Sunday, August 28, 2011

Irene's Aftermath

As I had mentioned the predictions were yesterday in my last post, Irene came through as a tropical storm and not a hurricane. A few trees are down around town, and my ceiling collapsed a bit from water damage due to a bad window seal. Power stayed on. All-in-all, more or less what I've been expecting to happen since yesterday. Here are some pictures of a tree down on Market Street. I had just been thinking, were these planted in the 1980s? How big were they then? Sad either way. Green is good. Shade is good.

2011-08-28

I watch almost no TV, so I didn't catch too many of the incessant discussions about this storm. I watched the weather maps online and read the direct National Weather Service bulletins. Facts and spin are different. Part of me, like many people, is a bit angry at the media for blowing this up so big. While it's pretty hard to over-prepare, I bet a lot of people are feeling kind of silly right now, hence the anger.

The other part of me says that although it was rapidly becoming clear this was not going to be the storm of the century, trees are down, power lines are down, water isn't running for people, and at least one person in Connecticut is dead. Is simply saying: "Bring your stuff inside, stay safe in your home, have food and water for your family for a day or so, and stay away from any downed lines if you must go out" scary enough to get your average American to not harm themselves? Considering people are dead in Virginia from deciding to go swimming...and it was a much larger storm down there...I'm not so sure. Here in New England, we know what to do about a Nor-Easter, we are much less used to hurricanes.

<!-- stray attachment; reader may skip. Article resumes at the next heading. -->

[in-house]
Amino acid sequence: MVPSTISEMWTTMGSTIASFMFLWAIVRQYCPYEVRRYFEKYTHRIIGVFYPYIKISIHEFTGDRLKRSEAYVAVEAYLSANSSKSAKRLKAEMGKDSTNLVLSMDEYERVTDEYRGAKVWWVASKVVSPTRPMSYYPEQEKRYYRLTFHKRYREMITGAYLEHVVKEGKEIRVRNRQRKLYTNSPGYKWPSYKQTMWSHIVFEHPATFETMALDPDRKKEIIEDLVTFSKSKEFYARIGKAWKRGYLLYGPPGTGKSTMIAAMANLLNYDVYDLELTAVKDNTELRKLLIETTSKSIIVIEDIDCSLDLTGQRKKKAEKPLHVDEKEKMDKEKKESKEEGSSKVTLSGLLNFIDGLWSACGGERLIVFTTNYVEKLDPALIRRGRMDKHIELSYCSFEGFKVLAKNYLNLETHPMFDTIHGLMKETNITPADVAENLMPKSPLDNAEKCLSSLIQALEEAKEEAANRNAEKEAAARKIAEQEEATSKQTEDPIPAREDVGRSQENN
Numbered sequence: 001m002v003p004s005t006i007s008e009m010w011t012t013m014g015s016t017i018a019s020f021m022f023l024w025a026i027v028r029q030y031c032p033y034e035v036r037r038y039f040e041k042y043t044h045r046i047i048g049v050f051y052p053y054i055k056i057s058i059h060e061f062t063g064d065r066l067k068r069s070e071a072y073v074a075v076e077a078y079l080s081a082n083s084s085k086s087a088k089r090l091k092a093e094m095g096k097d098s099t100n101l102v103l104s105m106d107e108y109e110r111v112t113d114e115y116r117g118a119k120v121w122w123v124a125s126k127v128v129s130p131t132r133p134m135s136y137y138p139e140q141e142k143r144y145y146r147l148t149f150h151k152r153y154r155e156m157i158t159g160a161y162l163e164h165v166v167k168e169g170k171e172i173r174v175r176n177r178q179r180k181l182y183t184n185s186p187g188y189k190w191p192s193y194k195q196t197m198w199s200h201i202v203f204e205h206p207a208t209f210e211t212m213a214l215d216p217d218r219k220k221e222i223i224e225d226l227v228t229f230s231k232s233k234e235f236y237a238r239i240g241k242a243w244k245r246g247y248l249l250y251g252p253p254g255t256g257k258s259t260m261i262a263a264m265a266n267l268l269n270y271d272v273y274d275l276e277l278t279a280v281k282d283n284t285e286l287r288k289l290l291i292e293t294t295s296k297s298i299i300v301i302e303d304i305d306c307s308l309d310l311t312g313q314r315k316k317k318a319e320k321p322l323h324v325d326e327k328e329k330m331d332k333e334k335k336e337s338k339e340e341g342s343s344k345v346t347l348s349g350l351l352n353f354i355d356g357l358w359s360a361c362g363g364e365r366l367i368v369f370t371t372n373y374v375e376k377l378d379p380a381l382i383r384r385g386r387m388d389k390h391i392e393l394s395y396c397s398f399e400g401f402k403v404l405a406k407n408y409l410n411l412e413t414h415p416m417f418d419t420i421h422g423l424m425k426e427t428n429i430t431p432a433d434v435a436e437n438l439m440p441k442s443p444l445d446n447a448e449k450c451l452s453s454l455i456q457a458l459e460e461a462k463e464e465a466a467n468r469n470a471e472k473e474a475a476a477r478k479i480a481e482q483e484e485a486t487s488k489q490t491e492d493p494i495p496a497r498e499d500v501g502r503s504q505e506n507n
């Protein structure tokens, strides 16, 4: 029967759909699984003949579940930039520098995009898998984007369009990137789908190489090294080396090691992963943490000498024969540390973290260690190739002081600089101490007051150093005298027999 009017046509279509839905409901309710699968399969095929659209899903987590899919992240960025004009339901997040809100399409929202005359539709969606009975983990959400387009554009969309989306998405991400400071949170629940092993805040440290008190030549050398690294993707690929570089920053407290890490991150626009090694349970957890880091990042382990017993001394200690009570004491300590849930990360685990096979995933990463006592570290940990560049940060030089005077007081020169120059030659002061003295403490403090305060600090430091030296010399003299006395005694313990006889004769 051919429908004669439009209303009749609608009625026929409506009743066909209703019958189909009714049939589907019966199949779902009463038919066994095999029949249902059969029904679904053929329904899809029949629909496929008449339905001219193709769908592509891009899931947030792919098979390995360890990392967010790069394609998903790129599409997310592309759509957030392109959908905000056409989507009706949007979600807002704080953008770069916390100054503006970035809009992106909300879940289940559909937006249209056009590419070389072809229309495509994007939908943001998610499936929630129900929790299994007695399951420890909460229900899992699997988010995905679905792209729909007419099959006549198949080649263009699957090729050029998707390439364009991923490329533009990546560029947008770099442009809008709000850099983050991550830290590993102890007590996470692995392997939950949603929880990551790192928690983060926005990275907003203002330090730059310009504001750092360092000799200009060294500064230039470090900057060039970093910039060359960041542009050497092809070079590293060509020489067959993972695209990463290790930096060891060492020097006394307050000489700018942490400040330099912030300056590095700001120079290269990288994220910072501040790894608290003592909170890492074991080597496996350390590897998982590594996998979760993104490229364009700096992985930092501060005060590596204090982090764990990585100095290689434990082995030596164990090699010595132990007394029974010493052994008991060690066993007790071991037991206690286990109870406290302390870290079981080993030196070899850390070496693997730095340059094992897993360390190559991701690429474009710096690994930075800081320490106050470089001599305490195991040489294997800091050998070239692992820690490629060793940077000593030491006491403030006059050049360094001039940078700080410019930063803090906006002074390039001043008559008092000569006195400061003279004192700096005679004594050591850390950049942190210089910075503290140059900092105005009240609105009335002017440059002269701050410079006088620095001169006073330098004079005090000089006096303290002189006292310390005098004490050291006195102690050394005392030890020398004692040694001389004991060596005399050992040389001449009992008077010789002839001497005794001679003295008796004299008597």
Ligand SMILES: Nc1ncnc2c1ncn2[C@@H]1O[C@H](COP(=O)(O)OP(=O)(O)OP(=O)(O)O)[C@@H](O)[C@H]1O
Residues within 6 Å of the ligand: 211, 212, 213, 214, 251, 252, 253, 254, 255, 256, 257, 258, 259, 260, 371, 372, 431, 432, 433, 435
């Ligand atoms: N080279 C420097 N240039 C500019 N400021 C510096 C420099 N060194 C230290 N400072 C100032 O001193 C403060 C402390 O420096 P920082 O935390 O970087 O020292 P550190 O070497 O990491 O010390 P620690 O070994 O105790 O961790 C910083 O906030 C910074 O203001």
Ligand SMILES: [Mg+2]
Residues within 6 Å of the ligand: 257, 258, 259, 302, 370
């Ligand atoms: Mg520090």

The other part I wonder about is how do you convey different messages to different people in an era of global media? I live in a massive brick building that survived the '38 hurricane, Carol, Gloria, and Bob. There is nothing nearby not made of brick to come flying through my windows. Irene was going to be a relative breeze no matter what (no pun intended), after the predictions changed through Friday and Saturday morning. If I lived in Rhode Island near the coast, or way up in the woods somewhere, I would've taken "Tropical Storm Warning" very, very differently.

As it stands, there was a Nor-Easter in April 2007 - the last time it rained sideways -which blew water in through my window seals. Therefore, I was prepared to handle that today. The Weather Channel isn't going to inform you about that stupid, localized risk, due to the construction of this building and the wind tunnel caused by the ones around it. On the other hand, if downtown Lowell is without electricity for more than a few hours and nobody can get in and out to somewhere that does have electricity...something really, really bad happened. I just don't have the same set of concerns that the media is screaming at us to have. Yet, people left cars parked under trees around here, and now they're crushed. You'll never get everybody to react appropriately.